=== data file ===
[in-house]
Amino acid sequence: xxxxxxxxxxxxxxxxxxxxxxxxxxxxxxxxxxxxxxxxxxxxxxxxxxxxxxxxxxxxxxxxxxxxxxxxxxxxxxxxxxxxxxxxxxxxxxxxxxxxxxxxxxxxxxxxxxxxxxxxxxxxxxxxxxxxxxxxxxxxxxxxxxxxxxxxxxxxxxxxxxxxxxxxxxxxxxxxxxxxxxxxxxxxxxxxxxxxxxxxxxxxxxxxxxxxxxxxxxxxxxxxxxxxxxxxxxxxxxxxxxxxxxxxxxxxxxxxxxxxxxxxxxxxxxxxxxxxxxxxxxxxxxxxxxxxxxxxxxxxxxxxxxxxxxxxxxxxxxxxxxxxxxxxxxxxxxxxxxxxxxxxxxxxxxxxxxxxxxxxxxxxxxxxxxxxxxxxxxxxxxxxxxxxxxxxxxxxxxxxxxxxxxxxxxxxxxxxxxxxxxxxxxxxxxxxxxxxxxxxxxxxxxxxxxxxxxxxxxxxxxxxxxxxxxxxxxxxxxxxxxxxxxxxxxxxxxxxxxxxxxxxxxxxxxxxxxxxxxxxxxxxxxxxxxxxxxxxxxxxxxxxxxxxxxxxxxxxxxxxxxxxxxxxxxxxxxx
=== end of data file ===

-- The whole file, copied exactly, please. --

[in-house]
Amino acid sequence: xxxxxxxxxxxxxxxxxxxxxxxxxxxxxxxxxxxxxxxxxxxxxxxxxxxxxxxxxxxxxxxxxxxxxxxxxxxxxxxxxxxxxxxxxxxxxxxxxxxxxxxxxxxxxxxxxxxxxxxxxxxxxxxxxxxxxxxxxxxxxxxxxxxxxxxxxxxxxxxxxxxxxxxxxxxxxxxxxxxxxxxxxxxxxxxxxxxxxxxxxxxxxxxxxxxxxxxxxxxxxxxxxxxxxxxxxxxxxxxxxxxxxxxxxxxxxxxxxxxxxxxxxxxxxxxxxxxxxxxxxxxxxxxxxxxxxxxxxxxxxxxxxxxxxxxxxxxxxxxxxxxxxxxxxxxxxxxxxxxxxxxxxxxxxxxxxxxxxxxxxxxxxxxxxxxxxxxxxxxxxxxxxxxxxxxxxxxxxxxxxxxxxxxxxxxxxxxxxxxxxxxxxxxxxxxxxxxxxxxxxxxxxxxxxxxxxxxxxxxxxxxxxxxxxxxxxxxxxxxxxxxxxxxxxxxxxxxxxxxxxxxxxxxxxxxxxxxxxxxxxxxxxxxxxxxxxxxxxxxxxxxxxxxxxxxxxxxxxxxxxxxxxxxxxxxxxxx